Jennifer Hudson: A Star Is Reborn

Article excerpt

Byline: Lorraine Ali

The singer's metamorphosis is complete, with a new sound, a new role as Winnie Mandela, a new body, and a new love for life.

After a few days of sleeping in a dank cell in South Africa, Jennifer Hudson started to lose it. In an attempt to channel Winnie Mandela for a new biopic about the controversial apartheid-era icon, Hudson opted to confine herself day and night to the prison set where the crew shot scenes depicting Mandela's 500-plus days in solitary confinement. She wanted, she says, to "experience some of the hell that woman went through." By the third day, hell had arrived. Her hair was tangled, her eyes sunken, and she started having imaginary conversations with her son. Reflecting on the experience still brings Hudson to a dark place. "They snatched her out of her home and she had no idea what happened to her children," Hudson says of Mandela. "Imagine living that? This was her life! This was real. As a woman, I am angry for her, hurting for her. And as a mom? God, being in solitary confinement, away from my son just for five days when shooting those scenes--it was too much for me. I was drained and stripped down. I was changed."

Hudson, 29, does look like an entirely different person from the one we met back in 2004, when she was an American Idol contestant. For starters, the 5-foot-9 singer is 80 pounds slimmer, partly because she lost weight for her role in Winnie, and partly for her role as Weight Watchers spokesgal. But there's more to her metamorphosis than just the obvious. She's now engaged to WWE wrestler and Harvard Law School graduate David Otunga, and they have an 18-month-old son together. "David Jr. could not have come at a better time," says Hudson, whose son was born in August 2009--10 months after the murder of her mother, brother, and nephew at the hands of her sister's estranged husband. "If I could just be half of the mother to him that my mother was to us, I'd be satisfied. He is a huge part of what keeps me going."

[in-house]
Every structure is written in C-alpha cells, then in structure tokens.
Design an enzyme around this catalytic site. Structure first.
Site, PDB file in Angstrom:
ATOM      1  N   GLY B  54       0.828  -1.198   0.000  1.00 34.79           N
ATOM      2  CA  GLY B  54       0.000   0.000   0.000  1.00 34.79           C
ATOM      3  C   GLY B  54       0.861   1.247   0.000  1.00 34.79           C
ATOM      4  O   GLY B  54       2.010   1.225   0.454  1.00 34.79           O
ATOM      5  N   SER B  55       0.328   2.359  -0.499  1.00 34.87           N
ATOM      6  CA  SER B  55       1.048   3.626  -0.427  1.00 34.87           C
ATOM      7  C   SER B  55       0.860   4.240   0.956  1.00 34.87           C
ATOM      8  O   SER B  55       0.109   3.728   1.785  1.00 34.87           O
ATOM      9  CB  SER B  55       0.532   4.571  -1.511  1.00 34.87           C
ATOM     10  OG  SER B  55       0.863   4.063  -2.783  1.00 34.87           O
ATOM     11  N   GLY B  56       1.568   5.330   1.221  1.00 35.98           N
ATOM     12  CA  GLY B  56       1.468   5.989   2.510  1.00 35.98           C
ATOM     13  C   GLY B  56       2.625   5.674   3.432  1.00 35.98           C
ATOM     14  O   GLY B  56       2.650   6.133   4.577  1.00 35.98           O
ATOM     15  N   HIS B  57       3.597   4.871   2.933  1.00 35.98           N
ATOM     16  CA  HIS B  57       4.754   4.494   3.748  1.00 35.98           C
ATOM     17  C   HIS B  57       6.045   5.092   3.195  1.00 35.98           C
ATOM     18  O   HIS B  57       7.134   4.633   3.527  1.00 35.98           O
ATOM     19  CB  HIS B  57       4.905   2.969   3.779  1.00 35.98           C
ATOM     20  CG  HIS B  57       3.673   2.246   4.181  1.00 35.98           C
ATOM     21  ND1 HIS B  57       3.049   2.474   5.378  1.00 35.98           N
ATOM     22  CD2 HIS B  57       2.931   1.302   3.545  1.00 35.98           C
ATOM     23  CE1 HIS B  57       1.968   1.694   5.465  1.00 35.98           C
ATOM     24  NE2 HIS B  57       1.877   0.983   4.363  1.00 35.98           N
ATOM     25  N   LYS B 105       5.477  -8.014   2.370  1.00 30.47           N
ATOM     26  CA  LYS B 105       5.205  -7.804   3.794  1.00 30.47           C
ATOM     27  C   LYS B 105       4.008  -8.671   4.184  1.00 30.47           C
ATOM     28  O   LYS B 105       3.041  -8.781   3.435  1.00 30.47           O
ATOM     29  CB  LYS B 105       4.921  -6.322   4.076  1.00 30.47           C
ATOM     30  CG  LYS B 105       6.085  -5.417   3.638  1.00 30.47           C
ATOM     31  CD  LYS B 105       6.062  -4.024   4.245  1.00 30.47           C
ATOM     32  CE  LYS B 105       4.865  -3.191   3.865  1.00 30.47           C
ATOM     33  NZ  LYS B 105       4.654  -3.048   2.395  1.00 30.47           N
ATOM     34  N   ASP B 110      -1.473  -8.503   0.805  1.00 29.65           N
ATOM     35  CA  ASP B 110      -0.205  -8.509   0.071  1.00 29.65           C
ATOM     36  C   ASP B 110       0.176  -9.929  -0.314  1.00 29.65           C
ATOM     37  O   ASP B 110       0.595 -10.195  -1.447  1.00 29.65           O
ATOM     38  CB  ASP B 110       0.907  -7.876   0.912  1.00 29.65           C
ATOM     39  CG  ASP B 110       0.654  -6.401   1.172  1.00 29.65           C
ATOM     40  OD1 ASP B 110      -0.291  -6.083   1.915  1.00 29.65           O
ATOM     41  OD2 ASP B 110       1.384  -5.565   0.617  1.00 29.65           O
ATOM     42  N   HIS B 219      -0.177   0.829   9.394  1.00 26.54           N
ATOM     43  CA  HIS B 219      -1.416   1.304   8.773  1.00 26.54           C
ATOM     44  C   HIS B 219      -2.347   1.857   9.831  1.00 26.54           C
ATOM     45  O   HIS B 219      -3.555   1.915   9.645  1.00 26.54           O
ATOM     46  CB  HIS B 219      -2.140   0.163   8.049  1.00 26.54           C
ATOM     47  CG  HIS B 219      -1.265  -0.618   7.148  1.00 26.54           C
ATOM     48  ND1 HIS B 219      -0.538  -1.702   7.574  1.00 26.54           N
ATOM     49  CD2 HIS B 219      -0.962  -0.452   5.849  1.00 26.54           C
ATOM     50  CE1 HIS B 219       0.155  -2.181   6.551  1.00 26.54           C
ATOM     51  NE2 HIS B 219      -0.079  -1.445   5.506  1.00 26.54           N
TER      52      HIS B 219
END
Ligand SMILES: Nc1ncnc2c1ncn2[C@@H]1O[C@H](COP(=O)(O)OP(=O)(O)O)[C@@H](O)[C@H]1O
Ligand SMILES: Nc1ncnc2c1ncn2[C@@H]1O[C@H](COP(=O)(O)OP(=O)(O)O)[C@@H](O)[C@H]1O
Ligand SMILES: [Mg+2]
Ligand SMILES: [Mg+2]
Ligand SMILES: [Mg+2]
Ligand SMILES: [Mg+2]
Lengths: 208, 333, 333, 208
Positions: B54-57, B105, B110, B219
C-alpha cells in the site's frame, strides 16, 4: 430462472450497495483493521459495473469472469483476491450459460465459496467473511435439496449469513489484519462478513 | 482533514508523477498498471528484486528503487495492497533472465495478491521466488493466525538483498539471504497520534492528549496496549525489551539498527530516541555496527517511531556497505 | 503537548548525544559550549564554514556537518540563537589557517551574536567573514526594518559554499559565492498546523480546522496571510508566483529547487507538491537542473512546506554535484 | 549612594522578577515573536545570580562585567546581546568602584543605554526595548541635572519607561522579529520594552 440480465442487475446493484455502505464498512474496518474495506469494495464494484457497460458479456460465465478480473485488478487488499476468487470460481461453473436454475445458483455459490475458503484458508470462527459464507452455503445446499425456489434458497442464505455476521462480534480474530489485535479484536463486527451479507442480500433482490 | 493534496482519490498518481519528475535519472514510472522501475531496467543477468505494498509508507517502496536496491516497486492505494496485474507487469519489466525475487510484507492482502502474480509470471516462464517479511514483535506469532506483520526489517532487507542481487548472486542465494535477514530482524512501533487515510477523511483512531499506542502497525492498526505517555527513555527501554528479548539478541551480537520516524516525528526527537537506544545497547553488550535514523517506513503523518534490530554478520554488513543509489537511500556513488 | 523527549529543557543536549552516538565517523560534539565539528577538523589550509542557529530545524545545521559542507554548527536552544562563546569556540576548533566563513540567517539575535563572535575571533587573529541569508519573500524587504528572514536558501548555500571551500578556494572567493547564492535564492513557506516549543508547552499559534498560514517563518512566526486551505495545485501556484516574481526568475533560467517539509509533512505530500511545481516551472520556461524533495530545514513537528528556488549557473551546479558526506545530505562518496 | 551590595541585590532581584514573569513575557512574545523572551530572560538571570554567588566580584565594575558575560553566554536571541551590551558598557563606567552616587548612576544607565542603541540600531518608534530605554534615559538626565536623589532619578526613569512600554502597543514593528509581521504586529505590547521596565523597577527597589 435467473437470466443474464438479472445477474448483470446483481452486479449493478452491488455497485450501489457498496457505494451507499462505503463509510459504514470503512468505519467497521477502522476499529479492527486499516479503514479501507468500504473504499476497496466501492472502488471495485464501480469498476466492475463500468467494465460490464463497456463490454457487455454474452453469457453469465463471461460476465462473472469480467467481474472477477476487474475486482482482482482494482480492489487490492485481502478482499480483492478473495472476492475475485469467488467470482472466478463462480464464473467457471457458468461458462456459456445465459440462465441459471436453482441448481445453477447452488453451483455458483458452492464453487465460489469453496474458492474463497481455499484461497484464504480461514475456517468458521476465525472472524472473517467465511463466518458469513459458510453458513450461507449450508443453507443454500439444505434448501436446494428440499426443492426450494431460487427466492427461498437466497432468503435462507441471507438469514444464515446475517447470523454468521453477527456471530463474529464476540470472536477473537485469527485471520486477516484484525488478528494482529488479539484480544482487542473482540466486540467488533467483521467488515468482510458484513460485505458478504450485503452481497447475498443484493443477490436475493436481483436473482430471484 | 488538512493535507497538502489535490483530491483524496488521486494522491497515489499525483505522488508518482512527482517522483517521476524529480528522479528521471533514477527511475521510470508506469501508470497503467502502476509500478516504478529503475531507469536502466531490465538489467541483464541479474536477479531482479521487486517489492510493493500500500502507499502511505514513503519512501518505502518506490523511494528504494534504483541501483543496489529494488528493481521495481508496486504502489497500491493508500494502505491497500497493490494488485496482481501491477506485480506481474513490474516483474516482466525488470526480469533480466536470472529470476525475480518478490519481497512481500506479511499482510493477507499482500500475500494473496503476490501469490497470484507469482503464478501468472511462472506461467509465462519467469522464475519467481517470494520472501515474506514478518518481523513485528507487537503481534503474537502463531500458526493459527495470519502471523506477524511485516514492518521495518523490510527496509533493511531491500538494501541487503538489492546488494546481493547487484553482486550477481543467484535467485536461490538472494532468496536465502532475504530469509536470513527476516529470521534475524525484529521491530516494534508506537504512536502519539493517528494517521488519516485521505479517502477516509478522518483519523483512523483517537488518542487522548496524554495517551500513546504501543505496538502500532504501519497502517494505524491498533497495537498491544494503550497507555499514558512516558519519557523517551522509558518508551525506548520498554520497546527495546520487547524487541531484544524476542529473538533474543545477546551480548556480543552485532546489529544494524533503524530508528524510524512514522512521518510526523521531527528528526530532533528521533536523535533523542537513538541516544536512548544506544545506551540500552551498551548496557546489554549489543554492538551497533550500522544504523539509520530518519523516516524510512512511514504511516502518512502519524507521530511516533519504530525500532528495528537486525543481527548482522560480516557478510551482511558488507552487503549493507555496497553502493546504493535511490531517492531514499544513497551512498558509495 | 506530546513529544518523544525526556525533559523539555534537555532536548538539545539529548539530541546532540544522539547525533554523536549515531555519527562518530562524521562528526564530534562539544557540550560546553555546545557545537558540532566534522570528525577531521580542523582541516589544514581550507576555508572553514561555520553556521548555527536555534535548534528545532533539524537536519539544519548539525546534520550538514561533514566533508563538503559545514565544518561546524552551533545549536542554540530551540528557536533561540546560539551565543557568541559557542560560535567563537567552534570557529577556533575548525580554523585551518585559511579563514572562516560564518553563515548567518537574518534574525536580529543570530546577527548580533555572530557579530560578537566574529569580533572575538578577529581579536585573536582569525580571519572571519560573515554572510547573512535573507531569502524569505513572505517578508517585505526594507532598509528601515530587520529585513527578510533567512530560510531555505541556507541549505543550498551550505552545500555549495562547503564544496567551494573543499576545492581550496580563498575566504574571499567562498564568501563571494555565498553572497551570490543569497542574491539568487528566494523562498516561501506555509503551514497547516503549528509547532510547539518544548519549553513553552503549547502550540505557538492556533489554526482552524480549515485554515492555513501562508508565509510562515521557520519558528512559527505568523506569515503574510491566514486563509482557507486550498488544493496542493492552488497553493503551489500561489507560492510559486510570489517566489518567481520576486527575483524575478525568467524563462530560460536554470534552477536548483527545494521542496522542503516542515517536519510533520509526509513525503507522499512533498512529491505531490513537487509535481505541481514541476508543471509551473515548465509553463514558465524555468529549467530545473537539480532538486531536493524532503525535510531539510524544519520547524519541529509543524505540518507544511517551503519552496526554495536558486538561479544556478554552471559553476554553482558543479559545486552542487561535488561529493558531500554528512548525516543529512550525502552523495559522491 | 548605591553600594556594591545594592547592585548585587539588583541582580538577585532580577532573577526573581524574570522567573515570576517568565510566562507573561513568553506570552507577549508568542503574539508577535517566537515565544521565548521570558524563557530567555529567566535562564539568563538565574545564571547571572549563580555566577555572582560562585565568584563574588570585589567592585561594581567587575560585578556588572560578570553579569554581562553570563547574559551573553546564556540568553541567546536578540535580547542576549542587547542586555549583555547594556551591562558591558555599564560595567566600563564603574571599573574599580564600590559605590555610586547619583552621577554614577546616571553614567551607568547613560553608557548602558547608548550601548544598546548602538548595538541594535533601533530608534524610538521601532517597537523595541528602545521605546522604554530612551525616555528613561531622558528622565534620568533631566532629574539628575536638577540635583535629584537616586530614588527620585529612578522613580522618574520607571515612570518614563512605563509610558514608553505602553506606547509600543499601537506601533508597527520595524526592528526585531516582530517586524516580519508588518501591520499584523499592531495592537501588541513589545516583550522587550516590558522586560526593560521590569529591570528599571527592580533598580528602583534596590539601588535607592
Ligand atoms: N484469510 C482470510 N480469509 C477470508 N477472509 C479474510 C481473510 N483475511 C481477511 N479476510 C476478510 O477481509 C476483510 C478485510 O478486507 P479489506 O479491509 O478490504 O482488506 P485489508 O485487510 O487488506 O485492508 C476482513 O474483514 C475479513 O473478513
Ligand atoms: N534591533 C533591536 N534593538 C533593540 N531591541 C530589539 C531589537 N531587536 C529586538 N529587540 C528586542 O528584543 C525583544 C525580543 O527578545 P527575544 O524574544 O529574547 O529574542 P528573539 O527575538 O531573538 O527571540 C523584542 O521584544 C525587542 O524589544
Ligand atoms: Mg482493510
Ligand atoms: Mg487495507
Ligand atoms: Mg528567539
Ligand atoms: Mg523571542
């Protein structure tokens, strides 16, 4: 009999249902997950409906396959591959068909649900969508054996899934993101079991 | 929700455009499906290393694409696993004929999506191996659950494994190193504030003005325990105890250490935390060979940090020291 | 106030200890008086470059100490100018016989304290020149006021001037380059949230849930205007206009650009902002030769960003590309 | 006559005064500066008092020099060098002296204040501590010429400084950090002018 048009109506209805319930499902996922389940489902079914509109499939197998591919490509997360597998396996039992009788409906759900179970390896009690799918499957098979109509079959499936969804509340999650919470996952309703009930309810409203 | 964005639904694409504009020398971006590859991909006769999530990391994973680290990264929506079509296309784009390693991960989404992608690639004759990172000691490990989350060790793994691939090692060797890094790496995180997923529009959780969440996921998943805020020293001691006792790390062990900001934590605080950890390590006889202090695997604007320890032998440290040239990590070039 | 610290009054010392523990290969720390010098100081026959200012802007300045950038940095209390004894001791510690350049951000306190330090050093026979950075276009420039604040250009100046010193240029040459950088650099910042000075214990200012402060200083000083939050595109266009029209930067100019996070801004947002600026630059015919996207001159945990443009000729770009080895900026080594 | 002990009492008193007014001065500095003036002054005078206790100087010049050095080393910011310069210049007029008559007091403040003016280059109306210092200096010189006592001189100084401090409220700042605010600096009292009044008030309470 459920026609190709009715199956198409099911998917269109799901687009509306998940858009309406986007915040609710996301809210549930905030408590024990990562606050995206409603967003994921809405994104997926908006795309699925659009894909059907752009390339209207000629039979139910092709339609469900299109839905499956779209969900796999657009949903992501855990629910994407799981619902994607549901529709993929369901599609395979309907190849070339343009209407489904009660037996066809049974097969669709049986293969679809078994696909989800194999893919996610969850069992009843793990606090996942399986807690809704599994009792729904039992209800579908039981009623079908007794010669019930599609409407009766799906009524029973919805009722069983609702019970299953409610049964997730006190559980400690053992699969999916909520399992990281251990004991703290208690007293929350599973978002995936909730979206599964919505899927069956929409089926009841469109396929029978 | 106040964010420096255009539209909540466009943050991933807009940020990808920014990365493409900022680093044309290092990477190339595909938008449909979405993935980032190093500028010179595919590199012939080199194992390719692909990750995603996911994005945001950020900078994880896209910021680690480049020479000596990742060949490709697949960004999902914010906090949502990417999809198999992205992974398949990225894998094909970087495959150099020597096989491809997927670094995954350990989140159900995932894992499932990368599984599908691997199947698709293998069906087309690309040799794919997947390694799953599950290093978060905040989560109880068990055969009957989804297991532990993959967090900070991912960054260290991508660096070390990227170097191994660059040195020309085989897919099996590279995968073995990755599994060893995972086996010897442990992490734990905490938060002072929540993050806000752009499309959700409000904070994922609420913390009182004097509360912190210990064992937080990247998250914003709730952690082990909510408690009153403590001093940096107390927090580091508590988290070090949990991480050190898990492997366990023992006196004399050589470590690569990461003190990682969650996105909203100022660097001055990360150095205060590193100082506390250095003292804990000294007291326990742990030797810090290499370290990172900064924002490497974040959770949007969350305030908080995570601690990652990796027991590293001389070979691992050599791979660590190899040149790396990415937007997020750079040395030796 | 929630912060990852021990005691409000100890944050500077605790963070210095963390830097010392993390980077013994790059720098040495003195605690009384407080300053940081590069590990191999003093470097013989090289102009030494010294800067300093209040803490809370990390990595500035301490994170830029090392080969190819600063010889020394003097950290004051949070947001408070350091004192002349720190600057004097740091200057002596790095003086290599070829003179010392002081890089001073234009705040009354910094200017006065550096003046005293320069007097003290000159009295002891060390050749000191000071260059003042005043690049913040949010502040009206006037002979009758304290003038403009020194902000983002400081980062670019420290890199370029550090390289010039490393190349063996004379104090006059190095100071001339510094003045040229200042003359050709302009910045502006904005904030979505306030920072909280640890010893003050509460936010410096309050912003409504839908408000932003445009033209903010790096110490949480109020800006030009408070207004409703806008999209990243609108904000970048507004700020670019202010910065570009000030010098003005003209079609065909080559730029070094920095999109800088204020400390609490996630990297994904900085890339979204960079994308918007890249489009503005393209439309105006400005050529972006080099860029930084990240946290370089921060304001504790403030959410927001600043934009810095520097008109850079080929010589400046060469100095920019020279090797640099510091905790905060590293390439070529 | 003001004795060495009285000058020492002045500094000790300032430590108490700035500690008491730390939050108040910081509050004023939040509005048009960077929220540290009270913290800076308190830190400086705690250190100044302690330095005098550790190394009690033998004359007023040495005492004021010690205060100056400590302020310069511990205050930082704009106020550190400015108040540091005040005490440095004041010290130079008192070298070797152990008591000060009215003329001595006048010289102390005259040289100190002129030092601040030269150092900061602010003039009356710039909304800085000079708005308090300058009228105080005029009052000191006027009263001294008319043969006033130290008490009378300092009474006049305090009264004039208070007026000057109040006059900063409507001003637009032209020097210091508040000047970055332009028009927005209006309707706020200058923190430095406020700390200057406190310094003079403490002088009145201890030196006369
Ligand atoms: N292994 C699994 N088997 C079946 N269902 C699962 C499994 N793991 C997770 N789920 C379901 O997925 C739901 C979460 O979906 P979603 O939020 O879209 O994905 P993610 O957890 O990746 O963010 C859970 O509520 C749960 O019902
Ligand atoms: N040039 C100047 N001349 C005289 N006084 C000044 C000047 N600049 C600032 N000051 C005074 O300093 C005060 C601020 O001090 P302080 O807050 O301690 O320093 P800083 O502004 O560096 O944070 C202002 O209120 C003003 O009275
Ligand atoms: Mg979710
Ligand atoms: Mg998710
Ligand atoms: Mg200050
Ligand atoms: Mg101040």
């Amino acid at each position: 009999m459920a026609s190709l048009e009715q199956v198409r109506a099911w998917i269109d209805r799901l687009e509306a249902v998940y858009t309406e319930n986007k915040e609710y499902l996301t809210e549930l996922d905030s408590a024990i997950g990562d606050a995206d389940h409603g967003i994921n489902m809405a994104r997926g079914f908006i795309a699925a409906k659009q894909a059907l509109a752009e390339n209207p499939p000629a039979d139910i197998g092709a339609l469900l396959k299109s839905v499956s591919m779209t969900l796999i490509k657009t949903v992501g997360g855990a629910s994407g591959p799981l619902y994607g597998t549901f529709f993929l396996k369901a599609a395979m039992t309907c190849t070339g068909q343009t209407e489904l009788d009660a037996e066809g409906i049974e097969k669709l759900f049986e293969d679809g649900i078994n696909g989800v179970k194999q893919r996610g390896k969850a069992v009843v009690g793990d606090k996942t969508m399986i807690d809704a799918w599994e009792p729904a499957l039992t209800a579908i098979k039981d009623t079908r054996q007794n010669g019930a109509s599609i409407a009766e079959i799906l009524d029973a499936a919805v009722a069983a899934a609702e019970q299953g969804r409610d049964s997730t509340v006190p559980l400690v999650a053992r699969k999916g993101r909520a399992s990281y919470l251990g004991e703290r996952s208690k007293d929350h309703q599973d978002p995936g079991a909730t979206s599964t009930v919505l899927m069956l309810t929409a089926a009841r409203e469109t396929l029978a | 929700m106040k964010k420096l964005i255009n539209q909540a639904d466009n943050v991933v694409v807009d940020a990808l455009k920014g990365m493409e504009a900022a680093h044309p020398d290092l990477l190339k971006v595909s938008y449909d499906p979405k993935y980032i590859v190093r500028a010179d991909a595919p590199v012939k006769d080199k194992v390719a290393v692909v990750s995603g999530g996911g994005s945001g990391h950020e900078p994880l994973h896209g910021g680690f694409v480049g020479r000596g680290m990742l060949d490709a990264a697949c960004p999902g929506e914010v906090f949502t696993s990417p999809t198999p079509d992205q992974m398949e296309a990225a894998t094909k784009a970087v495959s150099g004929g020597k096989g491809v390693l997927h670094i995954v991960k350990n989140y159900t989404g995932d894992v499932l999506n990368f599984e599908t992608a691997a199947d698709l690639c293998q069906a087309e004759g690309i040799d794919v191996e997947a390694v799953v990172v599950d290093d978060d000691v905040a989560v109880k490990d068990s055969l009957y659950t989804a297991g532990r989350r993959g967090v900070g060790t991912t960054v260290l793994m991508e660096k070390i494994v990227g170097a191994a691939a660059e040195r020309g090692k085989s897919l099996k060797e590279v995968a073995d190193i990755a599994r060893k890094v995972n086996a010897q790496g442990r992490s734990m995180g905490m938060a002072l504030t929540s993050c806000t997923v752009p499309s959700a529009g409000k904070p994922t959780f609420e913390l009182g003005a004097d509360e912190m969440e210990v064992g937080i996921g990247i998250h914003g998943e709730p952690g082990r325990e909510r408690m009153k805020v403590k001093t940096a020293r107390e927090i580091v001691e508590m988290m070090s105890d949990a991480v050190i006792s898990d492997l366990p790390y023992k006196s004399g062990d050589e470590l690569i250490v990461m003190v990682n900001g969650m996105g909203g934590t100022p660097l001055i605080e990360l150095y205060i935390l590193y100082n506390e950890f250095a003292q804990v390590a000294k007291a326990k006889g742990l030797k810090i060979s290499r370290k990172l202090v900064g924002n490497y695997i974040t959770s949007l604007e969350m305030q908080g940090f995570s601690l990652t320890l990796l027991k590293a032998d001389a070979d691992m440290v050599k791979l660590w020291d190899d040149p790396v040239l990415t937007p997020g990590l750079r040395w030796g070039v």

Hudson's transformation is also evident in her aptly titled new CD, I Remember Me, which arrives March 22. Though only her second album, I Remember Me is a reclamation of sorts--an attempt to reach back to the girl she was before the fame, the loss, and the influence of a trend-obsessed music industry. Watching Hudson perform her new single, "Where You At?," during a Grammy Awards rehearsal, you can literally see the joy returning to her life. Her son, David Jr., dances in circles and mimics the chorus, stopping every so often to point at the tall, slim, powerhouse of a singer onstage and shout "Mama!" Their unwitting duet--her voice supremely on key, his wonderfully off--exposes a mother-and-son bond forged in the wake of family tragedy and nurtured during the slow, steady process of healing. As she finishes the song, everyone on the set applauds, including her little son.

It's hard not to fall in love with Hudson, or at least her story. Straight from Chicago's South Side, she lost out on Idol at midseason, only to come back and win an Oscar for Dreamgirls. "People often say they feel like they know me," she says later over coffee. "Most of the time, you see celebrities or artists when they're already stars. But my fans came in the side door with me, and were with me through everything--from the beginning to now. It's like, 'What's gonna happen to the girl now? Will she come back again?' It's like a movie, even to me."

Not everything is cinema-perfect in Hudson's world these days. The real Winnie Mandela isn't happy that her life story is about to be splashed across the big screen. The 74-year-old former wife of Nelson Mandela even threatened legal action to stop production. "It is difficult to understand how a production bearing the name of an individual who has not been consulted at all could ever be appropriate or tell the full story of that individual's life, as media reports suggest this production is intended to," her attorneys said in a letter sent to the film's creators, according to several reports in the South African press. …